Tommy proved one of the Best
Strange as it may seem football in Northern Ireland during the Second World War, 1939-45, was one of the most glamorous and entertaining periods in its history with huge crowds and a mouth-watering galaxy of great players.
When Neville Chamberlain announced on that dark Sunday September 3 that the United Kingdom was at war with Germany all professional football contracts were cancelled permitting players serving in the armed forces to register temporarily for teams where they were stationed or working.
And in Northern Ireland the lists in the regional league which had replaced the Irish League, looked like a who's who of the English and Scottish game.
And this week I spoke to one of the great characters of that era and a Belfast Celtic icon Tommy Best now 86 living in a home in Hereford. He possesses fantastic and articulate recall of his Paradise heroes of yesteryear.
Tommy, then 19, was the first coloured professional to appear in top grade local football and for the fans that was a new trend in those days.
His story is a fascinating one. His father was from Barbados and Milford Haven his birthplace on December 23 1920. He is as Welsh as the valleys.
A Royal Naval rating, he was stationed on HMS Gloman, a minesweeper berthed at Pollock Dock which was damaged in one of the German air raids. He had been spotted by Sammy Allen, a chief petty officer from Frenchpark Street on the Donegal Road who introduced him to the football scene via Brantwood United, an intermediate club, Cliftonville, the Combined Services and of course Celtic in one of the golden eras of that renowned club whose departure from football in 1949 left a void never adequately filled.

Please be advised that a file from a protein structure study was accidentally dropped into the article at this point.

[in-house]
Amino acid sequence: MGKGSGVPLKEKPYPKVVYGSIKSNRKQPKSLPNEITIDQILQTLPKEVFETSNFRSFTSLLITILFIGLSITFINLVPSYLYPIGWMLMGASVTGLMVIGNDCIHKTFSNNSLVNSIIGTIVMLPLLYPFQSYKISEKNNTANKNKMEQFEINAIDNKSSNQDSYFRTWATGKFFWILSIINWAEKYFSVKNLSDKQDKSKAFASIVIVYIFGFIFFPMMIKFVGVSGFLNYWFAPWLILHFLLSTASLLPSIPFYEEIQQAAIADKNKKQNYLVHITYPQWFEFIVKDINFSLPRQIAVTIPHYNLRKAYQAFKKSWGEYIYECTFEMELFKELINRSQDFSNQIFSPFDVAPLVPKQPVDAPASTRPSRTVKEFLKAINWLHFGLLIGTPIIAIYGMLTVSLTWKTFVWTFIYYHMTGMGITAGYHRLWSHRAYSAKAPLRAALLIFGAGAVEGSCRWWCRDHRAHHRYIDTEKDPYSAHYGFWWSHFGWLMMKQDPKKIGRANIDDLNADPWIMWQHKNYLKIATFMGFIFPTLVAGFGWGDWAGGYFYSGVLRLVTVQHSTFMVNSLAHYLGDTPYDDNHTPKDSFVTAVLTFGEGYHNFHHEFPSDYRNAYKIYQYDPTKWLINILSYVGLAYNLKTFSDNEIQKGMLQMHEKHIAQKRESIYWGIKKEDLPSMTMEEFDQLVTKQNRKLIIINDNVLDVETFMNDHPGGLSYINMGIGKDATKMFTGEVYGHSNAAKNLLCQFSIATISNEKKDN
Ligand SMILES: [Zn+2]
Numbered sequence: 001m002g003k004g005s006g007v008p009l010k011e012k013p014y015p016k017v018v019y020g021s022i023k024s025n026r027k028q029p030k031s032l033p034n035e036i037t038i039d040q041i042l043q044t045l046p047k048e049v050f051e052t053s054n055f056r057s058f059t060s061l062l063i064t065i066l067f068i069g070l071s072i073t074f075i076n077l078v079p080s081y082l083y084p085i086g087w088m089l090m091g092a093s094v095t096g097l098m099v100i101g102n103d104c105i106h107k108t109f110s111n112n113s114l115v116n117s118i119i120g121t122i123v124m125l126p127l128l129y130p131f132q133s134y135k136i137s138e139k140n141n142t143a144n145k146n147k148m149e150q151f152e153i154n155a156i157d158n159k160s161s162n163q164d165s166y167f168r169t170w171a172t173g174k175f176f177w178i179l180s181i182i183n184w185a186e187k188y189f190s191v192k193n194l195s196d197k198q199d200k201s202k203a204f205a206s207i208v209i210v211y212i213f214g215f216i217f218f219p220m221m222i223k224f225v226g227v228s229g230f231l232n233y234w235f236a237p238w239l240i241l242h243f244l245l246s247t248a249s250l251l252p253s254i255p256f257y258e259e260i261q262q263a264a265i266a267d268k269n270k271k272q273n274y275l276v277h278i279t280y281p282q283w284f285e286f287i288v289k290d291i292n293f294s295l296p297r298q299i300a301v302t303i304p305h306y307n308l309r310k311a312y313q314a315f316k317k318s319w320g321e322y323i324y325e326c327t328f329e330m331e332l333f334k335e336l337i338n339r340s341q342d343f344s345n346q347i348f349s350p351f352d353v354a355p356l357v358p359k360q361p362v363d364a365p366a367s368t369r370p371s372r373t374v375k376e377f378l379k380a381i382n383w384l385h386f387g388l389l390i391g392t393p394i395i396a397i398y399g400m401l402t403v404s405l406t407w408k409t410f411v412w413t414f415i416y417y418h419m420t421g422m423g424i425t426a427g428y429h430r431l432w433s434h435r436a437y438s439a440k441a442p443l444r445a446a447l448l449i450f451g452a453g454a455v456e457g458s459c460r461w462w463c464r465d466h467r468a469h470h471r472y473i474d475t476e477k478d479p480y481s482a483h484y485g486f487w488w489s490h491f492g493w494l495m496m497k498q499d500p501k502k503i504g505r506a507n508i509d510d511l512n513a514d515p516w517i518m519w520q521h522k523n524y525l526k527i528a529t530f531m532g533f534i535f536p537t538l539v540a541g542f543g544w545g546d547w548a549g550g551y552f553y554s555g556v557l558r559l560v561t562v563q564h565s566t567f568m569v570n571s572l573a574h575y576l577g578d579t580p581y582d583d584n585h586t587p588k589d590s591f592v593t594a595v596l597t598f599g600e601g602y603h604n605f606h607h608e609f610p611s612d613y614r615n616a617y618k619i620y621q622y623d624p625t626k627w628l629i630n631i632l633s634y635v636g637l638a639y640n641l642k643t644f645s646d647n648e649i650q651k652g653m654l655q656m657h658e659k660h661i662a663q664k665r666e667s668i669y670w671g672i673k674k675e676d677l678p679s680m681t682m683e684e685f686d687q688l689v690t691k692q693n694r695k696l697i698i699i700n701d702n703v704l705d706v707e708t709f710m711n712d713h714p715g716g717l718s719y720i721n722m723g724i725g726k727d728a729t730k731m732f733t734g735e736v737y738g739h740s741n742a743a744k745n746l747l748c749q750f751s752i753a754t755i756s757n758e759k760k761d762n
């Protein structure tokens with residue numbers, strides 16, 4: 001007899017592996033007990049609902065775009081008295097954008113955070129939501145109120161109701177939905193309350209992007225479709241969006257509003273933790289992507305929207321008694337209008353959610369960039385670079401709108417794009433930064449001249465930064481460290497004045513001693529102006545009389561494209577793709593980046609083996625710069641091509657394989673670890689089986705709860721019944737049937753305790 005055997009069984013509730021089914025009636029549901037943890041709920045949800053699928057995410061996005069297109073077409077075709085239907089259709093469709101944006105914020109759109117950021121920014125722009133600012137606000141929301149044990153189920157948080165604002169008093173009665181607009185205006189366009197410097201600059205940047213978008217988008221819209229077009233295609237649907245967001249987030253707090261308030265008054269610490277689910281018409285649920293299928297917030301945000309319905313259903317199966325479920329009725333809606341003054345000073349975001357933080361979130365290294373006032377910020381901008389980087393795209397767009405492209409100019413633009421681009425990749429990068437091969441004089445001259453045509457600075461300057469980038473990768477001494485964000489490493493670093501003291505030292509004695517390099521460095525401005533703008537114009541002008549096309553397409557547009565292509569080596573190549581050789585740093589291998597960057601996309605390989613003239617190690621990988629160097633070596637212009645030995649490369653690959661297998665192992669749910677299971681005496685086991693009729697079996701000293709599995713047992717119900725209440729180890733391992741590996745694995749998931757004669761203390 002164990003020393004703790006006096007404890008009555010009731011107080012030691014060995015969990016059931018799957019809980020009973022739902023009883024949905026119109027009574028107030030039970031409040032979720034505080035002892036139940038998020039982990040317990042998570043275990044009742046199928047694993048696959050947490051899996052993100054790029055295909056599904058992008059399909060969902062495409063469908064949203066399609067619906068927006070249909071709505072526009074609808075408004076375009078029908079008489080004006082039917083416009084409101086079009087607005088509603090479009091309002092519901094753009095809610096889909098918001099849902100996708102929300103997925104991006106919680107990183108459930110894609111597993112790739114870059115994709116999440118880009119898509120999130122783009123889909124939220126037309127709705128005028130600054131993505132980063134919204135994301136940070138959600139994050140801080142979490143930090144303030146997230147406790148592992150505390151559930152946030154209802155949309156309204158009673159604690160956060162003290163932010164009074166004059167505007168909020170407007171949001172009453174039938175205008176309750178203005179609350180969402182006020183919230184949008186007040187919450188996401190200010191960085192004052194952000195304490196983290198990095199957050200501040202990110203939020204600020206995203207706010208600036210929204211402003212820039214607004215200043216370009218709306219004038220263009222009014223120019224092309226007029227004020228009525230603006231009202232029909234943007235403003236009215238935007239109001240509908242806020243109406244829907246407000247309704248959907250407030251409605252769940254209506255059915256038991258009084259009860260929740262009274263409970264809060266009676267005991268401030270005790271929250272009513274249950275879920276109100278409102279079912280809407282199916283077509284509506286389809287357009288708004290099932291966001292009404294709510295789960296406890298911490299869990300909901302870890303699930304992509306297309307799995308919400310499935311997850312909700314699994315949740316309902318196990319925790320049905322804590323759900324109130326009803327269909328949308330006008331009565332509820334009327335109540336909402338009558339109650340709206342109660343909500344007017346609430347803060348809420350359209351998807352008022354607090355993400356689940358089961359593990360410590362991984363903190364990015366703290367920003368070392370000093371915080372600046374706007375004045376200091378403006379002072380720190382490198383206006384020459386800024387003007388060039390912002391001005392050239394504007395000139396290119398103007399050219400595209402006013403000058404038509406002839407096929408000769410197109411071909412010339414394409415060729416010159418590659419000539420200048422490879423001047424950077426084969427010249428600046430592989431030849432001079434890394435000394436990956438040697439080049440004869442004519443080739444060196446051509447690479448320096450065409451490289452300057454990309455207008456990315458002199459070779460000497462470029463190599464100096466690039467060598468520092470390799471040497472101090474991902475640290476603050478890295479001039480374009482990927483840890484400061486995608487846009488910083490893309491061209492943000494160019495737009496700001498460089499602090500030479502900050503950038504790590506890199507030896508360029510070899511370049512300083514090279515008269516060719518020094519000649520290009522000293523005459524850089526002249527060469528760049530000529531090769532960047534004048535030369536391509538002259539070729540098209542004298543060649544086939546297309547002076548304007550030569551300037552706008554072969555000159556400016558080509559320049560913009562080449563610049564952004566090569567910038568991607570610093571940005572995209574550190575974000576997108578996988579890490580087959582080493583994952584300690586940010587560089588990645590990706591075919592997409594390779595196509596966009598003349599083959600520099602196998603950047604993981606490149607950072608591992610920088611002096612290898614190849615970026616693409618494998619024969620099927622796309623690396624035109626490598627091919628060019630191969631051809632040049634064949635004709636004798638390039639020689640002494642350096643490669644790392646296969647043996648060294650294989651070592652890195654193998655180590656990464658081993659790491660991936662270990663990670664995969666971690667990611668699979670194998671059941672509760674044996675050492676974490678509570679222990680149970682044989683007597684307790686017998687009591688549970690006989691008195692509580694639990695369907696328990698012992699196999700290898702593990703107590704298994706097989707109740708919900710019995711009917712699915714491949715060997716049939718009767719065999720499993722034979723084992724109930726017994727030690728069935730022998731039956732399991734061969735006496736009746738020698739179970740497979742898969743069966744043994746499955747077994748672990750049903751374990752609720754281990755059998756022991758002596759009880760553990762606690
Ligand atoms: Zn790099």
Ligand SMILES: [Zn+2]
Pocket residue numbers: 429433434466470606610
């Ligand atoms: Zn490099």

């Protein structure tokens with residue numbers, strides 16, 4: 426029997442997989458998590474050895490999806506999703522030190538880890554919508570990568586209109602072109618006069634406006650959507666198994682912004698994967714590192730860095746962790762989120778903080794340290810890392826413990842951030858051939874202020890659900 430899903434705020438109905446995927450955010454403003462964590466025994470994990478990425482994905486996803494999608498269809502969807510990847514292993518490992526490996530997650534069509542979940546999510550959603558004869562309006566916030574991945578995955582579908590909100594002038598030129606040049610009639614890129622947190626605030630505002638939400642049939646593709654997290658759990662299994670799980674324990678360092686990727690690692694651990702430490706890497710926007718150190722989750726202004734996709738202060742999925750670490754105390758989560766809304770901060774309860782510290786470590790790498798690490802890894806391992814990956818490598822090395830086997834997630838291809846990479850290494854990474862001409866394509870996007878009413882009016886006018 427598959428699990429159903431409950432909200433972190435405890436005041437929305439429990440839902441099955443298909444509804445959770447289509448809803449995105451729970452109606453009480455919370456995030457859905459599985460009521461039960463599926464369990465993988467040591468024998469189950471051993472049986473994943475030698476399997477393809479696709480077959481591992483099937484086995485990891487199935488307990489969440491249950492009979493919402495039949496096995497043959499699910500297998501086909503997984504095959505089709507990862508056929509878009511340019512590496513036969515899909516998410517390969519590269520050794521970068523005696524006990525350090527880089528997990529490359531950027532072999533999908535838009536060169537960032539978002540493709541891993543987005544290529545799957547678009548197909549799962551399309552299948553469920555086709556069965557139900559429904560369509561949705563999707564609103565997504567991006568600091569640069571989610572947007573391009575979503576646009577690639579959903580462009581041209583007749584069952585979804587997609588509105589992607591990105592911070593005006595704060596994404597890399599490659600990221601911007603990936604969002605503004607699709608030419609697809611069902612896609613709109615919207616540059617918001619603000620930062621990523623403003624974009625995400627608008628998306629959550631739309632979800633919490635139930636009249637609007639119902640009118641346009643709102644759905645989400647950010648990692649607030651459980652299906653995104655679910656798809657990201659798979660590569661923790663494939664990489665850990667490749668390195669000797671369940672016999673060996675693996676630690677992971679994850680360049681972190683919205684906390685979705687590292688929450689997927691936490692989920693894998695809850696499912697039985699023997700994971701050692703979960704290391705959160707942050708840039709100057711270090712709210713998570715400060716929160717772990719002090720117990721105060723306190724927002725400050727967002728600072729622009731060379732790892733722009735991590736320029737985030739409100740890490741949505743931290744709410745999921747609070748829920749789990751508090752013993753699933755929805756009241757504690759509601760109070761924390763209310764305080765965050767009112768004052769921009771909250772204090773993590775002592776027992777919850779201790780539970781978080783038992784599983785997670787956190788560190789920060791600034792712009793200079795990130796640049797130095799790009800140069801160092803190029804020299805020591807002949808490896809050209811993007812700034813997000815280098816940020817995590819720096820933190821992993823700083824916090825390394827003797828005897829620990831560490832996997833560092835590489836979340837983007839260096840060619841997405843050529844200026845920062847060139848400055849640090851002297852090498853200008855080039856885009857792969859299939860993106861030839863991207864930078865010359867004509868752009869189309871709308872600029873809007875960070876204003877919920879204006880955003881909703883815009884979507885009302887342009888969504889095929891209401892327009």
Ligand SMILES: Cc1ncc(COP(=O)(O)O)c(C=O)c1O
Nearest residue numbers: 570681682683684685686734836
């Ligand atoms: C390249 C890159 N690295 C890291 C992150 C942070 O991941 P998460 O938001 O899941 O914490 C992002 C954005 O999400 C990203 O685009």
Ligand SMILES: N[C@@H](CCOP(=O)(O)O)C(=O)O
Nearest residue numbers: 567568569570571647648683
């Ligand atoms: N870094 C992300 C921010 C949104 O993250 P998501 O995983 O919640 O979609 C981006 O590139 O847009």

During the war years the North-South Intercity Cup was one of the main tournaments attracting capacity attendances.
Drumcondra, a man short, arrived from Dublin at Grosvenor Park for a match against Celtic. Best, sitting in the stand, was invited to play, produced a brilliant performance against Bertie Fulton, one of Ireland's most accomplished full-backs, scored the second goal and eliminated Celtic from the series!
"Celtic was a wonderful club," said Best. "They had quality players - real quality. I was on the wing with Jimmy McAlinden and Norman Kernaghan on the other. It was a never to be forgotten season but unfortunately I had to leave for Australia on naval duties."
Celtic fans affectionately called him "Darkie Best" which today of course would be politically incorrect. "I suppose it was a novelty seeing a coloured man playing in green and white," he laughed. "I was never subjected to racial comments by anybody - team-mates, officials or supporters. Indeed, I looked upon Belfast as my second home."
Jimmy Donnelly, a lifetime Celtic supporter, former player and member of the 1989 reunion dinner at Balmoral said: "Tommy was unique in that with his unusual physical shape he could trap a ball on his posterior!"
Elisha Scott, the legendary Celtic manager, also signed young Chelsea centre-half Ron Greenwood who became England manager and Brentford striker Len Townsend.
"He celebrated his farewell to Ireland by scoring six goals for Celtic against Derry City at Brandywell and three days later hit four for Brentford. "
One of the most accomplished quartets in Irish football then was the Stoke players Bill Mould, Alex Ormston, Frank Baker and Syd Peppit, all members of the Royal Artillery, who signed for Linfield making the team one of the best in the Blues' history. Billy Liddell (Liverpool) also guested for them.
Distillery's signings included George Drury (Arsenal), Jack Rowley (Manchester United), Ivor Broadis (Newcastle), Les Bennett (Spurs) and Ted Sagar (Everton).
Glentoran had their quota - Frank Neary, Johnny Deakin (St Mirren), Bobby Langton (Blackburn Rovers), Peter McKennan (Partick Thistle), Jimmy Dykes (Hearts) and Albert Young (Arsenal).
Best ended our conversation like this: "Maybe some day I'll go back again to Ireland - and to Belfast which I really mean is my second home."